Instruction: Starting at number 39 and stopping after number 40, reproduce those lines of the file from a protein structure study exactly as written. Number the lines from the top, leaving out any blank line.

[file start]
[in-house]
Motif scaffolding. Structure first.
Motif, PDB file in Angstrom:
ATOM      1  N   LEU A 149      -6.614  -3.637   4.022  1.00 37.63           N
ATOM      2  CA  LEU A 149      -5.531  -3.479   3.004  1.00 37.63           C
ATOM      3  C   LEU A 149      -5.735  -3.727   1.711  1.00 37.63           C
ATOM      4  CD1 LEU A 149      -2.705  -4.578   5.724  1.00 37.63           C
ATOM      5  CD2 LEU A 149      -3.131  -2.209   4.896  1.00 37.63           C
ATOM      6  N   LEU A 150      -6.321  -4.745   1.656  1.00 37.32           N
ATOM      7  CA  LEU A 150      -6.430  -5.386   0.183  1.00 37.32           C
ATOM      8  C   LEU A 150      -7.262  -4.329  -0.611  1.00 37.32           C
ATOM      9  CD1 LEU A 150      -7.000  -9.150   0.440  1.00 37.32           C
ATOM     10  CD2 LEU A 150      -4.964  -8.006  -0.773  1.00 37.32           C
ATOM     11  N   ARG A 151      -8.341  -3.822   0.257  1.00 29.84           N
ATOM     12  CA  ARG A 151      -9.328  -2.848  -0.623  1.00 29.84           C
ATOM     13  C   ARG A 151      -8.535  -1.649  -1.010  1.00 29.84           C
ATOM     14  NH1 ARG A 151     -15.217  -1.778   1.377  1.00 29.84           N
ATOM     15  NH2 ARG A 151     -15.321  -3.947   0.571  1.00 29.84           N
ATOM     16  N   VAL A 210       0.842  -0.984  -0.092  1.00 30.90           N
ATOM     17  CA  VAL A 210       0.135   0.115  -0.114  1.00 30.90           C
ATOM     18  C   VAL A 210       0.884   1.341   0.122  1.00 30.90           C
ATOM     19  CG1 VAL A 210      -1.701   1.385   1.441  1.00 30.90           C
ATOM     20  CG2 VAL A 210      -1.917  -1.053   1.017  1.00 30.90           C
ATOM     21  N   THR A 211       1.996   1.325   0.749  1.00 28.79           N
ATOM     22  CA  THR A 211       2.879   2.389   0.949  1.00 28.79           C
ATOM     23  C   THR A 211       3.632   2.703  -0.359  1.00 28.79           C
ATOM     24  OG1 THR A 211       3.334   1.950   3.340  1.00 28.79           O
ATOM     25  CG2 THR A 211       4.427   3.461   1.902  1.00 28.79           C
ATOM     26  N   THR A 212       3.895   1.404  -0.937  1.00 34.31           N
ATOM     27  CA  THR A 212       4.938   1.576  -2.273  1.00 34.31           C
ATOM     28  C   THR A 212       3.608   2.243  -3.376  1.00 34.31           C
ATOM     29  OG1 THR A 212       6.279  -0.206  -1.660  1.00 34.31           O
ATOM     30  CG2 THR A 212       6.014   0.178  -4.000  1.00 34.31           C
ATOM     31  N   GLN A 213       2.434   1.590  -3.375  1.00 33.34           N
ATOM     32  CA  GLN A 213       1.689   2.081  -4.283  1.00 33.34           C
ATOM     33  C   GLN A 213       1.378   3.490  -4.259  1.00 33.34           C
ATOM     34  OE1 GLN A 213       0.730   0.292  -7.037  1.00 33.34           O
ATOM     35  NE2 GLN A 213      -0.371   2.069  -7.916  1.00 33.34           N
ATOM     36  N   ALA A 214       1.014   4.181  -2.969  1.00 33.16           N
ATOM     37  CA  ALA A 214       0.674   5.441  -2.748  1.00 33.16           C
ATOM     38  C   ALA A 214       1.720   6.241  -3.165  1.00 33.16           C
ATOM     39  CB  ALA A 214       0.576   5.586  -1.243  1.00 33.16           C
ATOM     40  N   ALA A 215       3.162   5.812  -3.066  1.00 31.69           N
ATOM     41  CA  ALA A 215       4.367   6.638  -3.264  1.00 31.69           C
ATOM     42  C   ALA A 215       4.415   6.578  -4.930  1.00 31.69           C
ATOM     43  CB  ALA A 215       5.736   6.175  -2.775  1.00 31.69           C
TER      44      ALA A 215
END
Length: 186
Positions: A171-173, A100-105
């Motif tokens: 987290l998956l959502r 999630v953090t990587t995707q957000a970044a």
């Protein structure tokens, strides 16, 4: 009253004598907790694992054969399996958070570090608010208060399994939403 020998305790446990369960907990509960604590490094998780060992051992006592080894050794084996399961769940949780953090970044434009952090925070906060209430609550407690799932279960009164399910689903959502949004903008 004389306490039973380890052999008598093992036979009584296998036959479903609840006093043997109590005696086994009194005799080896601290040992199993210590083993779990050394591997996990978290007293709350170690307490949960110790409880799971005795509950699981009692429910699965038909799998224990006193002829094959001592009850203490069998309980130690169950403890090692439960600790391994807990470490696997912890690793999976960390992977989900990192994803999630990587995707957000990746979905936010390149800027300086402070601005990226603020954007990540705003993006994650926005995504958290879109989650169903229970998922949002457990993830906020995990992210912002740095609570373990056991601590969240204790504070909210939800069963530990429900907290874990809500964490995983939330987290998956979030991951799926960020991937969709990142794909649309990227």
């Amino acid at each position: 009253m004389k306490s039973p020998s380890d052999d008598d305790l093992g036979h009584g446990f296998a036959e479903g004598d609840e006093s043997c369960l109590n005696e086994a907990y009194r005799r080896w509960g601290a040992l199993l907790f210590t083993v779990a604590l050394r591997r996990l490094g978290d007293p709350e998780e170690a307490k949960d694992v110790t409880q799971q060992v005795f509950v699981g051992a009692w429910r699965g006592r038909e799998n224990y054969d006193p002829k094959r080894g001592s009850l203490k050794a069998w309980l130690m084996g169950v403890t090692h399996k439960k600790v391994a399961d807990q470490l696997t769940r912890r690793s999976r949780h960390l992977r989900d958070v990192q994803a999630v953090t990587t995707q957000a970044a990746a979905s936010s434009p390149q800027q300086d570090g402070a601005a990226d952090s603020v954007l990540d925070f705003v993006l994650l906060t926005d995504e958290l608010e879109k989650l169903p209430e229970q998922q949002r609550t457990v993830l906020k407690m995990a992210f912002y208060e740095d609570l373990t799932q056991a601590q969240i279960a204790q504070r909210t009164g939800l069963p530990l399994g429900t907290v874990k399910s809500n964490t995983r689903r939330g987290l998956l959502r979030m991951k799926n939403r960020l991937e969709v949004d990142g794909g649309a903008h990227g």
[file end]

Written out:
ATOM     36  N   ALA A 214       1.014   4.181  -2.969  1.00 33.16           N
ATOM     37  CA  ALA A 214       0.674   5.441  -2.748  1.00 33.16           C